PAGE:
“Meanwhile, Nordic states and companies have long led the way when it comes to developing unique green technology. For example, Finland’s Neste Corporation has a strong line-up of renewable energy products, including alternative biofuels. Advanced biofuels have a key role to play in industries that cannot be easily electrified.”
Accelerated technological change is another inescapable truth identified by our economics team. Schroders fund manager Leon Howard-Spink highlights that Europe has long been home to innovative and sustainable companies with strong growth prospects in the field of technology.
He says, “Europe offers a deep pool of companies exposed to, and often leading the way in, technological innovation. There are very few industries and businesses out there that are not impacted by digitisation, communication, electrification, the gathering and processing of data, and the increasing development of software and algorithms.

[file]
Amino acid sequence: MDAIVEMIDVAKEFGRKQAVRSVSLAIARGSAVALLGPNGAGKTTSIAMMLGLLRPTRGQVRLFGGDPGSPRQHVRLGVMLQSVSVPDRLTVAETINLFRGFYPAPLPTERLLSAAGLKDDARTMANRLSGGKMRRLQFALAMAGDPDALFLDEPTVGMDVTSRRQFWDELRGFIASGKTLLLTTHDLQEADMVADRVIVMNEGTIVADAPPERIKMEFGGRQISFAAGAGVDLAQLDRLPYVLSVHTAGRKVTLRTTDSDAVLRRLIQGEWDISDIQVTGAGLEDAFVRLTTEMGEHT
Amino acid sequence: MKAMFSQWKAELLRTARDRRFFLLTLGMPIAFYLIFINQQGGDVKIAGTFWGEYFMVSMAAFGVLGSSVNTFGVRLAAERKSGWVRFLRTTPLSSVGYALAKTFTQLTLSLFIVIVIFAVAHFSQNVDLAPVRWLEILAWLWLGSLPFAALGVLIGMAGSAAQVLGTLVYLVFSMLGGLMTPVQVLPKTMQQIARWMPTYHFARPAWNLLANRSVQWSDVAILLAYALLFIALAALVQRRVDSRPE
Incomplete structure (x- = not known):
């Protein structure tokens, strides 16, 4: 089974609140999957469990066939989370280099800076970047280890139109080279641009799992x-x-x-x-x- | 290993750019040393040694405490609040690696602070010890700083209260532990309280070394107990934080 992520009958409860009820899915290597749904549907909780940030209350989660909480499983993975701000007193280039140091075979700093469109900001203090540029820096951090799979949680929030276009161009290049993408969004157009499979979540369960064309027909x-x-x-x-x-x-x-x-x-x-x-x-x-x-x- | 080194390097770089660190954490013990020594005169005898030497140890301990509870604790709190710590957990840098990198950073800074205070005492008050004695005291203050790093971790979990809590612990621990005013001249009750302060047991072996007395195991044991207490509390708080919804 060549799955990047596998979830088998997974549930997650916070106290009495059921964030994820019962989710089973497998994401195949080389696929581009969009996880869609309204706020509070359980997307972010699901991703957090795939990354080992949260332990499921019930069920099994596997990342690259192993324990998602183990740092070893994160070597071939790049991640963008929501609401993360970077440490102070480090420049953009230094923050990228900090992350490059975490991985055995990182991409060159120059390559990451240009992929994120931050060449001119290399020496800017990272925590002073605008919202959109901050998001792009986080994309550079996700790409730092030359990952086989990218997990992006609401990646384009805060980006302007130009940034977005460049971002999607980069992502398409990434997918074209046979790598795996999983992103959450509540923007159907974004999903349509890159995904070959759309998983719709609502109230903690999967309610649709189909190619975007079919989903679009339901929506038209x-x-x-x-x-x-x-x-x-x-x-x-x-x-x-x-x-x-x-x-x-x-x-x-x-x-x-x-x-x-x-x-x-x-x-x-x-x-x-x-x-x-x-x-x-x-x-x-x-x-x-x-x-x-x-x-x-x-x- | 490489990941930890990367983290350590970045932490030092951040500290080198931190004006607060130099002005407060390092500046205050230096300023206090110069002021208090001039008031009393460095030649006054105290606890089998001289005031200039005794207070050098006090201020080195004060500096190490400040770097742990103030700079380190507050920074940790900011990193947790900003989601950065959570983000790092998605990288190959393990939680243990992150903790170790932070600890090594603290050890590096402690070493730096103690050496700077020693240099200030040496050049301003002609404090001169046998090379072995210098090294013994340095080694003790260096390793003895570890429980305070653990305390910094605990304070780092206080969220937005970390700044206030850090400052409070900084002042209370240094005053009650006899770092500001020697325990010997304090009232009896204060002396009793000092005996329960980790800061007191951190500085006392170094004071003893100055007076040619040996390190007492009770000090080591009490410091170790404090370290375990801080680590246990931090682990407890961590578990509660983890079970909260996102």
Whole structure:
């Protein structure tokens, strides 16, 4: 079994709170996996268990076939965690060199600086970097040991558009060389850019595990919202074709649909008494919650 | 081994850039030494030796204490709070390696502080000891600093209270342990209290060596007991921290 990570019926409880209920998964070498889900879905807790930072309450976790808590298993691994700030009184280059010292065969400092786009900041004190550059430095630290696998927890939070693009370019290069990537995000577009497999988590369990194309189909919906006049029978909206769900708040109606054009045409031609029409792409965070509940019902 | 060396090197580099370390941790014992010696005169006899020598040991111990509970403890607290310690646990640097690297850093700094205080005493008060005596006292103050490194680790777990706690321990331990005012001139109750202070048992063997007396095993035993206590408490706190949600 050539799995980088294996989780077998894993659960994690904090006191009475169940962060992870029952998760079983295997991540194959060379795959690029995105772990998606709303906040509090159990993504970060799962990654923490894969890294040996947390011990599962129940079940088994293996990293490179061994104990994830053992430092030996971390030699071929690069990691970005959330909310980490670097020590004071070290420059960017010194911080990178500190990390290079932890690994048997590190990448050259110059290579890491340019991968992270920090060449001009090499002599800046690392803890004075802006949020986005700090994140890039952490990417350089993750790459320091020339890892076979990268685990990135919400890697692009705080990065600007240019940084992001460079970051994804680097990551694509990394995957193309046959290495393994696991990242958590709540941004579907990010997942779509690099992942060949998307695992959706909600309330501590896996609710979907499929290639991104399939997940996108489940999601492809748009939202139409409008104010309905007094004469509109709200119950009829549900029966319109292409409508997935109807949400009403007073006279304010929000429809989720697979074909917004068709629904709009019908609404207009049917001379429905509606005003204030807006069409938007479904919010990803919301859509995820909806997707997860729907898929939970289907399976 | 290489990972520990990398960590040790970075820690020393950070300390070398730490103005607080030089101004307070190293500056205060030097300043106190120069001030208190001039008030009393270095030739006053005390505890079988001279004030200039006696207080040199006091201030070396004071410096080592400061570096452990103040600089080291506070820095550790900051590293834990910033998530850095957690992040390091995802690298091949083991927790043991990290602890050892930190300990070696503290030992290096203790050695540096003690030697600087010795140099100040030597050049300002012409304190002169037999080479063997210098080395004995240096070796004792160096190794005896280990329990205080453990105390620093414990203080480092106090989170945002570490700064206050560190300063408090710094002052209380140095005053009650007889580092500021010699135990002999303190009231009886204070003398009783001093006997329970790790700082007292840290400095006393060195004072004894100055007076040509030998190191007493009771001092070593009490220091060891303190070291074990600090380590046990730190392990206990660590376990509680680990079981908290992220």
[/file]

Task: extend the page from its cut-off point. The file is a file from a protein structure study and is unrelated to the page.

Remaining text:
“These advances must be harnessed by all companies to one degree or another to drive productivity and product relevance. As investors looking for growing businesses, we are by necessity driven towards the companies that are benefiting from these trends.”
What could be the impact on profits and valuations?
The changing sector mix in European equities offers fresh hope that the continent could see better earnings momentum. This is because faster-growing healthcare, technology and consumer-based sectors now make up some of the largest MSCI Europe index constituents.